Matt Brennan is a Chicago-area marketing writer and the author of Write Right – Sell Now: How to Create Content That Will Grow Your Business. We had the opportunity to sit down with Matt to hear his thoughts about the state of content marketing, the importance of storytelling, and the advantages of various types of web content.
Tell us a bit about your background. How difficult was it to make the transition from journalist to marketing writer?
I wouldn’t say the process was difficult, but it is ongoing as the trends continue to change.
I worked in newspapers for several years before transitioning into a freelance career as a marketing copywriter. In my time as a journalist, I was lucky enough to be published in places like Boys’ Life, the Chicago Sun-Times, and several local newspapers and magazines.
But as you’re probably aware, there’s a sharp decline in newspaper journalism, and the traditional institutions just aren’t what they used to be. As that struggle unfolded, there were fewer reporters covering the news, and businesses and organizations began to take more control of their message. The same storytelling skills used in journalism are a critical part of blogging and online marketing. It seemed like a pretty natural transition for someone with my skill set.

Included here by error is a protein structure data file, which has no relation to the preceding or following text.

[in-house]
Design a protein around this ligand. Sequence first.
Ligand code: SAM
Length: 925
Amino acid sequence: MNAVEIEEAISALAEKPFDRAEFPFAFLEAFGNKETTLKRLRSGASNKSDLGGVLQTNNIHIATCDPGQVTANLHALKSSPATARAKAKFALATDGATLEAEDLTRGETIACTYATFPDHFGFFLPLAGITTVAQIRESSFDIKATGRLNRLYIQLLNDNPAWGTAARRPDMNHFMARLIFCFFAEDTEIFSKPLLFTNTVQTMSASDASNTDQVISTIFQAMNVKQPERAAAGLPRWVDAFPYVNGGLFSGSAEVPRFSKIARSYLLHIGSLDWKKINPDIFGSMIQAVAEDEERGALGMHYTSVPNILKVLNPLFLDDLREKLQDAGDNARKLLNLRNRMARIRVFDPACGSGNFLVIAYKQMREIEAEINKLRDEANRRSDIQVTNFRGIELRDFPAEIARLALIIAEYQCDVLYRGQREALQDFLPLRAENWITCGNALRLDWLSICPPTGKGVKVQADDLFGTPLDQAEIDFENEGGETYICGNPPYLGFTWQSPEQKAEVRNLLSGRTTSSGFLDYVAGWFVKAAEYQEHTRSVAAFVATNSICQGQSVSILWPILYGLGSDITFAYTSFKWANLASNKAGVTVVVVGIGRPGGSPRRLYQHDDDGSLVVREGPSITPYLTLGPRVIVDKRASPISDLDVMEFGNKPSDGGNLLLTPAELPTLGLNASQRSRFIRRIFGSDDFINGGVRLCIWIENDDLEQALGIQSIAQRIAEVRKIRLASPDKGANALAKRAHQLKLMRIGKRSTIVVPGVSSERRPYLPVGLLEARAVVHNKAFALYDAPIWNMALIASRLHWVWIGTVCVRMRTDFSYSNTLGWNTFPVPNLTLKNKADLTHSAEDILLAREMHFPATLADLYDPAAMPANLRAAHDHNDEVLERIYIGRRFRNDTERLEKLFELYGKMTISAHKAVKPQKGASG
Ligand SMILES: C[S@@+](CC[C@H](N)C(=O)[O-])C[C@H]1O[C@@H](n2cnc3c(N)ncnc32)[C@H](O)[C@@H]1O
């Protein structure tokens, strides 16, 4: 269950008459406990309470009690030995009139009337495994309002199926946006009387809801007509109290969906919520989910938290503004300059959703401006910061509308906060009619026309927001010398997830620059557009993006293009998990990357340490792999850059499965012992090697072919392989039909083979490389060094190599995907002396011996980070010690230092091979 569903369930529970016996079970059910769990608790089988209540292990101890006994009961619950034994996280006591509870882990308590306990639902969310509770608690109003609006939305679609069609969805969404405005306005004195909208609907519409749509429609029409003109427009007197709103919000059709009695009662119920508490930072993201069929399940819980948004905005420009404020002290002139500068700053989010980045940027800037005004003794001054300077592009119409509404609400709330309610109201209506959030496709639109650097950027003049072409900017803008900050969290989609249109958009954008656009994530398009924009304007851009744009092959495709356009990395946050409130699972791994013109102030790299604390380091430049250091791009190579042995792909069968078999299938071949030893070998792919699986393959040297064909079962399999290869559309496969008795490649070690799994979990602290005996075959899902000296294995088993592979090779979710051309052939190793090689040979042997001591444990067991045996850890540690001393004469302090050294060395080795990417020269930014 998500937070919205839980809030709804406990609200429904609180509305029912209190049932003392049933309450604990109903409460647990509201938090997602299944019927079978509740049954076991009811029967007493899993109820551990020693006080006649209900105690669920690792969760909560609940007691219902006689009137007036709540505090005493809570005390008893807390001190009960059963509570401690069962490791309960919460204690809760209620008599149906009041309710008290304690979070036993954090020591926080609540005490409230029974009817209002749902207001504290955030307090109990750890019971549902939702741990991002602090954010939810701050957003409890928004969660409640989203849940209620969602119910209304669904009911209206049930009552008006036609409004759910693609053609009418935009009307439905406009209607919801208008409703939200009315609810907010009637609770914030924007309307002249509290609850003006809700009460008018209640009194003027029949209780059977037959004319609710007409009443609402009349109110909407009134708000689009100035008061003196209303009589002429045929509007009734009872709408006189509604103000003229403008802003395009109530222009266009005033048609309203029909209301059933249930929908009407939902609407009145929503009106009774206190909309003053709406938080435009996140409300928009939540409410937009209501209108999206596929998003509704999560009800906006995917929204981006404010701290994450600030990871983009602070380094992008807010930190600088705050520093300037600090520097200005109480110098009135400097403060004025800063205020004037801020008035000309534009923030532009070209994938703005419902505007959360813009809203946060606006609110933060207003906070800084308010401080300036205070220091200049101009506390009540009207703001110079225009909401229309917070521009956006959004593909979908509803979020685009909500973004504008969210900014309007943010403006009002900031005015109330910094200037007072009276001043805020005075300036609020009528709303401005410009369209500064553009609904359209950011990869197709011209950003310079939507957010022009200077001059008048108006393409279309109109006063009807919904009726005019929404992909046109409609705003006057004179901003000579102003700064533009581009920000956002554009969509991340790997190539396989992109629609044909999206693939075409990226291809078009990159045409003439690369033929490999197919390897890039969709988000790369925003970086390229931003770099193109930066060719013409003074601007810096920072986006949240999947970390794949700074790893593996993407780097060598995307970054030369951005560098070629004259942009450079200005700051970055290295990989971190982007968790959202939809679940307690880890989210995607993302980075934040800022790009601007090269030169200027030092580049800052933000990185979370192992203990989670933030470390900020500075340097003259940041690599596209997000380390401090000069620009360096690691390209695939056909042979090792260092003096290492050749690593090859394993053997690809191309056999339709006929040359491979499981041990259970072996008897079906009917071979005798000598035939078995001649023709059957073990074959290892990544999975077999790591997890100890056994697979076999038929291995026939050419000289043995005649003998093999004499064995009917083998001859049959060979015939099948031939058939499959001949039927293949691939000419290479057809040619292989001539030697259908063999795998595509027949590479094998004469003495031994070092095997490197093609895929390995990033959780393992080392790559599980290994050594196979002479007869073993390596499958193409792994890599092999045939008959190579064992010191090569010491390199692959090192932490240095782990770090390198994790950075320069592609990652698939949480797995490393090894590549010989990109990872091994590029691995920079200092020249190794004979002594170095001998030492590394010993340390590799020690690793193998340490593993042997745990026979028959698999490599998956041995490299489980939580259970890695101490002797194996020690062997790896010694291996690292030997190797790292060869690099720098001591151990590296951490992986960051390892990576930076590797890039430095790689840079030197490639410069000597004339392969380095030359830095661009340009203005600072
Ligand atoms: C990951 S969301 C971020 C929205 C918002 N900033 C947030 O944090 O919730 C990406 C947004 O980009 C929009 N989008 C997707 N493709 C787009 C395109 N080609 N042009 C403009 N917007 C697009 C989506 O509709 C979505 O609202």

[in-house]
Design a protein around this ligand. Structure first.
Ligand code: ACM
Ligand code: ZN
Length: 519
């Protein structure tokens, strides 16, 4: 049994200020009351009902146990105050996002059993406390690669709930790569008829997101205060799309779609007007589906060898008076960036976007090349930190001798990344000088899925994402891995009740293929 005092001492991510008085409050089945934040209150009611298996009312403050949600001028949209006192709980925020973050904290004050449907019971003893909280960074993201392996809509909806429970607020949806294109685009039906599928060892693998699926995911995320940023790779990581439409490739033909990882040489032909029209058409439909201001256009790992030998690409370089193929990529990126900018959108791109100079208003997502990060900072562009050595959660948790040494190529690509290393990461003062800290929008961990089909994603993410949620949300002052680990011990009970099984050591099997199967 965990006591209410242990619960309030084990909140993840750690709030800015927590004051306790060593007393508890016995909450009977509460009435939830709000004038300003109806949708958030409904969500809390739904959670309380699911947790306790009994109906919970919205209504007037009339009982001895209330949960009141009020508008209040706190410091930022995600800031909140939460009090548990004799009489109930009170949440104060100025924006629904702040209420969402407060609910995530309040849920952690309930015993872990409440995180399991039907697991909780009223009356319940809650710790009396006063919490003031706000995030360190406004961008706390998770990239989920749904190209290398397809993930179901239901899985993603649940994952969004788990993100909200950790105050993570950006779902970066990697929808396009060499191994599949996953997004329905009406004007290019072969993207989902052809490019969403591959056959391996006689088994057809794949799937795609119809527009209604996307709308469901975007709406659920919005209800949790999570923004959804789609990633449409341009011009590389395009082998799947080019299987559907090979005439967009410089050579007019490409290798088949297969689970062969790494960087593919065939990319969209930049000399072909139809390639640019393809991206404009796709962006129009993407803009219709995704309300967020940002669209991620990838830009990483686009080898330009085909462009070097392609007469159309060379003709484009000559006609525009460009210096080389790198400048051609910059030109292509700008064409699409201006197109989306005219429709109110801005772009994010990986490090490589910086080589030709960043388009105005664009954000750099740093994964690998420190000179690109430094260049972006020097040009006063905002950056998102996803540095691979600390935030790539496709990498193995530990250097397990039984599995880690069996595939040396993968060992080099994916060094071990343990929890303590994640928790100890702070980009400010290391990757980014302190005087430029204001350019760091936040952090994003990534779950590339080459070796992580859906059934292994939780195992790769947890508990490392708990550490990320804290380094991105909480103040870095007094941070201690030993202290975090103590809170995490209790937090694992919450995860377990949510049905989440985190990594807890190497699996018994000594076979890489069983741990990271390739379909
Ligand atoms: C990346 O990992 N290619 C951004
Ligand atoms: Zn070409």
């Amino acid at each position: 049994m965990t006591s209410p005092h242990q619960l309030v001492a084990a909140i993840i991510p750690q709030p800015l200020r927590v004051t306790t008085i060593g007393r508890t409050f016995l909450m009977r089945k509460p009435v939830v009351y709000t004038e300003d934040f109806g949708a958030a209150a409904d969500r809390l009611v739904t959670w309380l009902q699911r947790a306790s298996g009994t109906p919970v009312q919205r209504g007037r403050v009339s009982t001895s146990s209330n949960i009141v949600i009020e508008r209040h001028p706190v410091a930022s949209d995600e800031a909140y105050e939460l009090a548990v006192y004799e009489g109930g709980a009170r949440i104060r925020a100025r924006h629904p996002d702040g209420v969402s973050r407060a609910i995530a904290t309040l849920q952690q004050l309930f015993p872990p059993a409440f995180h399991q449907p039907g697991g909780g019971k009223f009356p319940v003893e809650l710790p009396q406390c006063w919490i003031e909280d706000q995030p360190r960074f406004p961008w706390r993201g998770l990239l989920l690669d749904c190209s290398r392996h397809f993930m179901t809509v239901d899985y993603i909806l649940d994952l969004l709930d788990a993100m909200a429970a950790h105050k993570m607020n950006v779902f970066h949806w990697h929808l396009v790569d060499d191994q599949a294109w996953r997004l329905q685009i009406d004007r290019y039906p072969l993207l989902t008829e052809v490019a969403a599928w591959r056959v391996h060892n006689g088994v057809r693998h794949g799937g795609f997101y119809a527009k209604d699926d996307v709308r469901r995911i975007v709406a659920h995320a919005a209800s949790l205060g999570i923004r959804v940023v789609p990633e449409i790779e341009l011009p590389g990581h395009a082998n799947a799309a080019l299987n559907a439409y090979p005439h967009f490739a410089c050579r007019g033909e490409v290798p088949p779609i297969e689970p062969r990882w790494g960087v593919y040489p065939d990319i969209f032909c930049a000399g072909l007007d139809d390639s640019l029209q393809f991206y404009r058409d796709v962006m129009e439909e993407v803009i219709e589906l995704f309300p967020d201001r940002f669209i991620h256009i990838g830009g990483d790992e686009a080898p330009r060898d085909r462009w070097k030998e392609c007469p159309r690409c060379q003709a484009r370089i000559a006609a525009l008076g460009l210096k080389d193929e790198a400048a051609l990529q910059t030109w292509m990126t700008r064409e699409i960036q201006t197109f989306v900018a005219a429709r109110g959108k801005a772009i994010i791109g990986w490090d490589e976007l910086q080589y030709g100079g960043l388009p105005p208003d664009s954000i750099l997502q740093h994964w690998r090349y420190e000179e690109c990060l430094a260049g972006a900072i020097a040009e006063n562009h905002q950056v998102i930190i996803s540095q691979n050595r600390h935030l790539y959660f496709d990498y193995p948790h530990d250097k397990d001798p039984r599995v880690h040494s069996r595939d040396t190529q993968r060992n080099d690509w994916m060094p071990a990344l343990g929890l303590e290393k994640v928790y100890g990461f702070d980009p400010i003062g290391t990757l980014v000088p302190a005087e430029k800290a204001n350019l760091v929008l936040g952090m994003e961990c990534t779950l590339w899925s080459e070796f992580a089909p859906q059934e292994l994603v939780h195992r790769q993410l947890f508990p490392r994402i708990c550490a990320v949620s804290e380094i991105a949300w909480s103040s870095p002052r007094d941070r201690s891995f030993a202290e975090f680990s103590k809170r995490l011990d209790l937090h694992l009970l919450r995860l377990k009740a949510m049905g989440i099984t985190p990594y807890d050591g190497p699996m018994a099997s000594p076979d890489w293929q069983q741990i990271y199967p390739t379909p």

I’ve read a lot of great books, articles, and blogs to educate myself on the marketing aspects of what I do. I’ve read some of the classics like David Ogilvy, and some of the modern voices like Jon Morrow, Brian Clark, and Chris Brogan. This helped immensely in filling in some of the blanks. I also picked up a web design certificate from a local community college that gave me a better full understanding of the online marketing process.
Since you focus heavily on storytelling in your marketing writing, could you tell us how you go about finding the “story” in what may appear to be a dull topic?
A lot of times, businesses don’t fully appreciate the knowledge that comes with their skill set. They view industry information as “common knowledge” and think that other people must know it, too. In other words, they may assume (often incorrectly) that what they know will be boring to the reader. Finding the “story” or an interesting angle involves being able to see things as your customer sees them. It takes being in touch with your audience.
There are a few different ways to accomplish this. You can ask your customers directly what kind of information they are looking for, either through a survey or in person. You can do keyword research to find the words and phrases that are receiving a lot of search volume. That usually indicates a demand. You can use your blog to answer the most frequently asked customer questions. All of these approaches will help ensure a built-in audience for your content. This is always a good place to start.
Sometimes, it might take tweaking the angle of your story or writing a more enticing headline to appeal to your readers. Take a look at your content that has done well, and try to duplicate those techniques.
What types of marketing writing “stories” tend to be well-received by readers of a blog, newsletter, or press release?
There are any number of directions you can go on all these mediums, and a lot is going to depend on the type of business you run and your audience. All that being said, here are a few observations:
The right story might go over well in all of those places. For example, if you have an employee celebrating their 50-year anniversary, this could be a human interest piece that would go over well in all three of those formats.